Our Mexican dinosaur spree continues! Presenting a herd of mid-sized chasmosaurine ceratosians from the region of Aldama, Chihuahua, Mexico indicates that there were more species relative to Nasutoceratops. The Museo del Mammut in the northern state of Chihuahua has tried this reconstruction, but with the clear exception of the frill and some other cranial fragments, the museum present us here with a charming chimaera concocted with various unrelated dinosaur remains!
So after working with René Hernández, Angel Ramírez has set up and tried to reconstruct the animal based on its Nasutoceratops affinities… although it is not known, it probably had no nose horn and, just as in Yehuecauhceratops, the frill shows parietals that are wider than the squamosal.
According the fossils around it, it was hunted by small tyrannosaurs with Daspletosaurus or Albertosaurus characteristics and there were big tree trunks, since the region wasn’t as coastal as the others I have been depicting. Yet another window into the fragmentary, but abundant, fossil material from Mexico.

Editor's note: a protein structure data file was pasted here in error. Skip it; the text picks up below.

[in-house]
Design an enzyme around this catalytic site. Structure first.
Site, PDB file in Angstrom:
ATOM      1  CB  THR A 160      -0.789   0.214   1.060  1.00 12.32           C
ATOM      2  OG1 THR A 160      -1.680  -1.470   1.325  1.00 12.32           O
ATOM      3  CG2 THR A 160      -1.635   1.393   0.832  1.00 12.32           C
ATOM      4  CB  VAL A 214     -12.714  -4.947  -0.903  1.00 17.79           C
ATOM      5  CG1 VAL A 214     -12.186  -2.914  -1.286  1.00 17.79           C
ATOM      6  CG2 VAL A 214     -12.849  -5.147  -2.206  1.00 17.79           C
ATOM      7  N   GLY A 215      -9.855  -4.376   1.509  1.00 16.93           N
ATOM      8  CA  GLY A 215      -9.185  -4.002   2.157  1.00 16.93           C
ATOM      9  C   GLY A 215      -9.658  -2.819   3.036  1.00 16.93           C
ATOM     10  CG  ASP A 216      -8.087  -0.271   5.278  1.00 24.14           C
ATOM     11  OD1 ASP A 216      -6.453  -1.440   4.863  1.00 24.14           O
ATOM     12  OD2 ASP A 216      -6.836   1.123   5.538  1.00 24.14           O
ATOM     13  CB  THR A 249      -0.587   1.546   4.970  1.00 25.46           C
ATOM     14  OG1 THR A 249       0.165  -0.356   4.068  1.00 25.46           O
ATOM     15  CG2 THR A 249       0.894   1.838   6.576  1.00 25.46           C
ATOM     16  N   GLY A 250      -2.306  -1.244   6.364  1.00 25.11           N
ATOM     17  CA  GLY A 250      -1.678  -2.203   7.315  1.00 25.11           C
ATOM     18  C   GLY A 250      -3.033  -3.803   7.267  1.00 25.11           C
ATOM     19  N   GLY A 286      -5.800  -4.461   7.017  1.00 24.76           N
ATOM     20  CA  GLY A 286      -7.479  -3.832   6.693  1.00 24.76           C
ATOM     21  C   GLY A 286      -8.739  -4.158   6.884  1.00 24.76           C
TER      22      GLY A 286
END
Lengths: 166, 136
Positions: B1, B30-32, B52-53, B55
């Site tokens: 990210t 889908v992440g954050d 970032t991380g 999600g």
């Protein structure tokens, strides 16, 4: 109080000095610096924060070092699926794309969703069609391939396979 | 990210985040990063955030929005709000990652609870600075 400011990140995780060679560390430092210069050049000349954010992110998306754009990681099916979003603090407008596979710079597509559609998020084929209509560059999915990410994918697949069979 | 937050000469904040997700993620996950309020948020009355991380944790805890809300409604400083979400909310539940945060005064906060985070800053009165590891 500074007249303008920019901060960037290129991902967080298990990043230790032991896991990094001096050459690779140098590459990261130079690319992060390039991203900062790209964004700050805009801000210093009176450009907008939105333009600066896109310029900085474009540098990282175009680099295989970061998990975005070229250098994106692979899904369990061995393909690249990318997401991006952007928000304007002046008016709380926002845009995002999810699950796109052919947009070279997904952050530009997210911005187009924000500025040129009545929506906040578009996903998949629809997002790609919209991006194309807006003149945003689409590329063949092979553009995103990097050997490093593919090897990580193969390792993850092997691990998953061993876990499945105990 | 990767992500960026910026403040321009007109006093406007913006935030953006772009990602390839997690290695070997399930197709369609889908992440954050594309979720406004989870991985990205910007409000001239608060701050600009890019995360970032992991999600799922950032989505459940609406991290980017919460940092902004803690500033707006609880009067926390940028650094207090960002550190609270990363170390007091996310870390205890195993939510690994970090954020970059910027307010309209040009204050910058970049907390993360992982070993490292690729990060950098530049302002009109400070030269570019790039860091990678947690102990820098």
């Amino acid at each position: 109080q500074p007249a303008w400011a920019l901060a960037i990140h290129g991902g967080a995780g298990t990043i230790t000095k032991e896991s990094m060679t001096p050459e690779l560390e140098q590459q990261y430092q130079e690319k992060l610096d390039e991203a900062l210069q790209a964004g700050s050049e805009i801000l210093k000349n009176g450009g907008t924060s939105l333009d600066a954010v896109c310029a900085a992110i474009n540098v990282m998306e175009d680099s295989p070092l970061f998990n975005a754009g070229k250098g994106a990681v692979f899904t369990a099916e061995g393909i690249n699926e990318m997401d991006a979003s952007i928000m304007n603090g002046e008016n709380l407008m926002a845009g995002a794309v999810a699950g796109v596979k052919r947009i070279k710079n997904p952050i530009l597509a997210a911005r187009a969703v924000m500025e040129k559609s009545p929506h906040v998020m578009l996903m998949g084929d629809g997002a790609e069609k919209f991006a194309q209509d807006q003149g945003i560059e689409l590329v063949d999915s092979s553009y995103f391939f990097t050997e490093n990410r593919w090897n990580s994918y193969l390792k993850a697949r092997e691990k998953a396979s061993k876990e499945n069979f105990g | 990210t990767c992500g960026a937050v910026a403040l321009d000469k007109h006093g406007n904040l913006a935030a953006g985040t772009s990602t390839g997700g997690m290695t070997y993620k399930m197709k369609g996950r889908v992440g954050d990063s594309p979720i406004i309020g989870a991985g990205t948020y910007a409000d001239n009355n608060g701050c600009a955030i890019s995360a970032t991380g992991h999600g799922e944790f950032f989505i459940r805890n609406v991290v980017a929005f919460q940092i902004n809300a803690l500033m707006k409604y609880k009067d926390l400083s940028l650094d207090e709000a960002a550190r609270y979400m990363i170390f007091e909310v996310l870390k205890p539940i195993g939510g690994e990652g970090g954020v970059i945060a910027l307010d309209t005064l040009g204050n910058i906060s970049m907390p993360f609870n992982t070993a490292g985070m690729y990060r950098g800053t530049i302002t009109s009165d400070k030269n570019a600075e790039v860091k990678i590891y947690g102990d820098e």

What an excellent find. It seems like the more elusive corners of prehistoric Mexico are coming to light! The horns on this ceratopsian somewhat remind me of those on the ceratopsian discovered by the Rocky Mountain Dinosaur Resource Center.
Your artwork I think perfectly displays the massive stature of the animals. The color scheme is also lovely.
“Tyrannosaurus rex in Mexico?” is my favorite part of this series. It’s like an updated version of Hallett’s “Tyrannosaurus: Scavenger or Predator” ( https://books.google.com/books?id=dEx988kXOfcC&pg=PA33&dq=%22tyrannosaurus+scavenger+or%22&hl=en&sa=X&ved=0ahUKEwiH5N7t3P7SAhUsxoMKHfJ7CeMQ6AEIHDAA#v=onepage&q=%22tyrannosaurus%20scavenger%20or%22&f=false ).